# Total Landed Cost vs. Total Cost of Ownership

Instructor: Yuanxin (Amy) Yang Alcocer

Amy has a master's degree in secondary education and has taught math at a public charter high school.

In this lesson, you'll learn what makes total landed cost different from total cost of ownership. You'll learn when you should use one over the other and how you can calculate each.

## Total Landed Cost

Imagine that you are a business owner. You make lotions. To make your lotions, you source herbs and essential oils from all over the world. So each of your lotions costs differently depending on its ingredients. For example, a rare flower from mountainsides of India will cost more than a local commonly available field flower. To help you figure out just how much to charge for each lotion, you use what is called your total landed cost when figuring out how much it costs you to get your ingredients shipped to your warehouse where you make the lotions. Total landed cost includes the cost of your actual ingredient along with all the costs associated with getting that ingredient to your location. Things such as shipping, insurance, customs, and taxes are included. If the products aren't being shipped, then total landed cost includes the cost to pickup the products from the suppliers (things such as wages, gas, and wear and tear on the vehicle).

## When to Use TLC

Use total landed cost, TLC for short, when you are deciding where to get your materials, supplies, and ingredients from. Even if two supplies are priced the same, it doesn't mean they have the same total landed cost. One might actually cost more than the other after all your costs associated with getting the product to you are calculated.

For example, for your lotions company, you need to order empty plastic bottles. You are trying to decide between two different suppliers for the same bottle. Both suppliers have the same \$1.20 cost per bottle. One is located in the same state and country as your company. The other is located in an overseas country. The shipping costs are vastly different. The one located in the same state and country as you has a shipping cost of \$20 per a case of 1,000 bottles. The supplier located in a different country has a shipping and customs fee of \$100 per 1,000 case of bottles. Now, you sell a lot of lotions, so you buy your bottles in lots of 5,000.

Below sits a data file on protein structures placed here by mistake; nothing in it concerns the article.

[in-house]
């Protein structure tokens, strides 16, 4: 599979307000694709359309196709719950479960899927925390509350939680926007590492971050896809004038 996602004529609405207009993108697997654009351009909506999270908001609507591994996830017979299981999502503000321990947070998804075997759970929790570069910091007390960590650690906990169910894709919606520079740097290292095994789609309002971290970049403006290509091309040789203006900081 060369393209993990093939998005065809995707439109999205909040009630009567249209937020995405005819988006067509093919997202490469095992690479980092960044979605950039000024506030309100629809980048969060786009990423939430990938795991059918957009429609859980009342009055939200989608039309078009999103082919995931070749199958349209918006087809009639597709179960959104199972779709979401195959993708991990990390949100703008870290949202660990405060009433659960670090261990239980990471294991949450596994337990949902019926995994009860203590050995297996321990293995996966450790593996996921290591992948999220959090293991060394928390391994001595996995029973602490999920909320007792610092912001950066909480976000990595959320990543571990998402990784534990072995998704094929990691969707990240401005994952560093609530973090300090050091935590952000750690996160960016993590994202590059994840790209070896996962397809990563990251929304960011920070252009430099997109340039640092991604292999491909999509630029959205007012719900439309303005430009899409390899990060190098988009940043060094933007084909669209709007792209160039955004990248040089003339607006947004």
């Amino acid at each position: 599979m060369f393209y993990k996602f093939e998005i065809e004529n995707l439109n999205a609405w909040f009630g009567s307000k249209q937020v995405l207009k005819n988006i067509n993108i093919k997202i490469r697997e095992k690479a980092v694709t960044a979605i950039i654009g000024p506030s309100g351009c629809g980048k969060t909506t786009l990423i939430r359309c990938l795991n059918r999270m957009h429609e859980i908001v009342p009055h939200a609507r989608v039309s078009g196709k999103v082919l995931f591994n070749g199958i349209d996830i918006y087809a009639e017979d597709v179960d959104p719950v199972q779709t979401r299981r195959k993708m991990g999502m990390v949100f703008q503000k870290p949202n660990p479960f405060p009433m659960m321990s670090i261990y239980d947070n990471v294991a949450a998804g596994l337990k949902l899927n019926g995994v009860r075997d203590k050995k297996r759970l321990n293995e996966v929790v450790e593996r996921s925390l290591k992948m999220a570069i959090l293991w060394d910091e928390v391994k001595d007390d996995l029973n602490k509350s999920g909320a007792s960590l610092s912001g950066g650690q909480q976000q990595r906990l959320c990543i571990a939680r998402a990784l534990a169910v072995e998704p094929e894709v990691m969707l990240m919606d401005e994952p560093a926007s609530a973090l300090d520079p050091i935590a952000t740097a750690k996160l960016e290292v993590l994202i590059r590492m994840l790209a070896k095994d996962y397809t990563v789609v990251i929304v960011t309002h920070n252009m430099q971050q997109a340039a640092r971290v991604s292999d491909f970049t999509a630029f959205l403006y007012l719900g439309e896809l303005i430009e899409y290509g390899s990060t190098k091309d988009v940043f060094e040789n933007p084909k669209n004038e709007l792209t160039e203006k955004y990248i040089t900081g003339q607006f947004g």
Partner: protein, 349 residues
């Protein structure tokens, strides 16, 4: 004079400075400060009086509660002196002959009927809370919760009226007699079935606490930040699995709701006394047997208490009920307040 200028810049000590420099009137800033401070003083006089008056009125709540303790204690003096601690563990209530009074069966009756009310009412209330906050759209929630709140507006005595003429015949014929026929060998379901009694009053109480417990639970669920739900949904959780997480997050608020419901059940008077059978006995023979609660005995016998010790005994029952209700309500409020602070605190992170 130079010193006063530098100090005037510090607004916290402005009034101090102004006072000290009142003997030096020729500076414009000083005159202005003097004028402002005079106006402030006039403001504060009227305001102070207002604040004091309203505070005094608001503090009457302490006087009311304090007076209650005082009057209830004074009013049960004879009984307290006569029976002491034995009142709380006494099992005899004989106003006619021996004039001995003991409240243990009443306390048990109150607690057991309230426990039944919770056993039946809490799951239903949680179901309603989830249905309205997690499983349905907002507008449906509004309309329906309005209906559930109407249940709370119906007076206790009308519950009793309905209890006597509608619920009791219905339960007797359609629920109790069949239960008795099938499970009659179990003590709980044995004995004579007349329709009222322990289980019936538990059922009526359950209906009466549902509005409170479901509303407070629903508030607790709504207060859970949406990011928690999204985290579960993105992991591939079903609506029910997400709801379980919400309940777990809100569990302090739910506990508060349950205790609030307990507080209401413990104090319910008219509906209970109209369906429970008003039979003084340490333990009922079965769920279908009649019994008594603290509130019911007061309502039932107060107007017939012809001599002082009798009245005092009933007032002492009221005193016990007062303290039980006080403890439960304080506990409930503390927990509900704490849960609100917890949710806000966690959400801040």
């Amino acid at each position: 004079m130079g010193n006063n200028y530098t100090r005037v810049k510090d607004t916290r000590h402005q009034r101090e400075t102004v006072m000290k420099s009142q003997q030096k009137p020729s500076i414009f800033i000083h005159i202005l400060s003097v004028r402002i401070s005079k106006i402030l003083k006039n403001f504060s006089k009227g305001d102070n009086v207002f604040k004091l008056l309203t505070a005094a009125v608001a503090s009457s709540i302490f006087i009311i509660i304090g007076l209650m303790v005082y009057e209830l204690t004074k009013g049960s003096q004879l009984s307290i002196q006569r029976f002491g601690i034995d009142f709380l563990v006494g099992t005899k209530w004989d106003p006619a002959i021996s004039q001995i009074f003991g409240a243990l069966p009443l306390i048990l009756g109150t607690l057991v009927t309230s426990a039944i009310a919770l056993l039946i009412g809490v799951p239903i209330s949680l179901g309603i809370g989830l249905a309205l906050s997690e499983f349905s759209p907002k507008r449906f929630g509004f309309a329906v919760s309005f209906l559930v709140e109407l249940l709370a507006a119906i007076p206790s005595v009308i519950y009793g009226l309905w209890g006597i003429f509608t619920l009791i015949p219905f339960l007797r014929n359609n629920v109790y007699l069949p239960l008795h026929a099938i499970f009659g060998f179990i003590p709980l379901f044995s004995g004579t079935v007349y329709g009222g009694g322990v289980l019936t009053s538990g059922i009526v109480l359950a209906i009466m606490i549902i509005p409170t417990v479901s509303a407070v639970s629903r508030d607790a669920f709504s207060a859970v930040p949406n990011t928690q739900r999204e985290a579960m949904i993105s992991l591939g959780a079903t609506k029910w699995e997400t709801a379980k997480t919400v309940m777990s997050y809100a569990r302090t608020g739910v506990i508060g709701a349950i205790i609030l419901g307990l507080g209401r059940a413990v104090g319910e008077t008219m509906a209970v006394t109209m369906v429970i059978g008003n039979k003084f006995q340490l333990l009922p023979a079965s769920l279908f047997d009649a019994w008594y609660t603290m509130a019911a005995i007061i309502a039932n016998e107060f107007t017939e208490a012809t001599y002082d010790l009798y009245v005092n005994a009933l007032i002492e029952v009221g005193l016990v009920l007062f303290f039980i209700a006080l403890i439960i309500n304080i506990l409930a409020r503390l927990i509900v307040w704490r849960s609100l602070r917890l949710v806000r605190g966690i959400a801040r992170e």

Calculating your total landed cost for each supplier gives you the following.

For the same state and country supplier, your total landed cost is this.

• 5,000 * \$1.20 + 5 * \$20 = \$6,000 + \$100 = \$6,100

For the supplier in a different country, the total landed cost is this.

• 5,000 * 1.20 + 5 * \$100 = \$6,000 + \$500 = \$6,500

Wow, that's a different of \$400! If you didn't perform this total landed cost evaluation, you would think the bottles are priced the same. But, in reality, they aren't. So which would you choose? Of course you would choose the \$6,100 supplier because you will be saving \$400 compared to the other supplier. That \$400 can go towards purchasing the other materials and ingredients you need to make your lotions.

## Total Cost of Ownership

Your total landed cost is not the same as your total cost of ownership (TCO). Your TCO includes more. It actually includes your TLC. Your TCO includes your TLC plus all costs associated with the owning of the product such as proper storage and prepping costs.

For your lotions company, your TCO includes your TLC, the wages you pay your employees to prep and then use the ingredients for your lotion, and the cost to properly store the ingredients. Some of the fresh herbs you use must be refrigerated, so the cost to refrigerate your herbs is included in your TCO. Also, the wages you pay for someone to keep your supplies organized is also a part of your TCO for your company.

TCO calculations will vary depending on the business and how the business plans to use the product.

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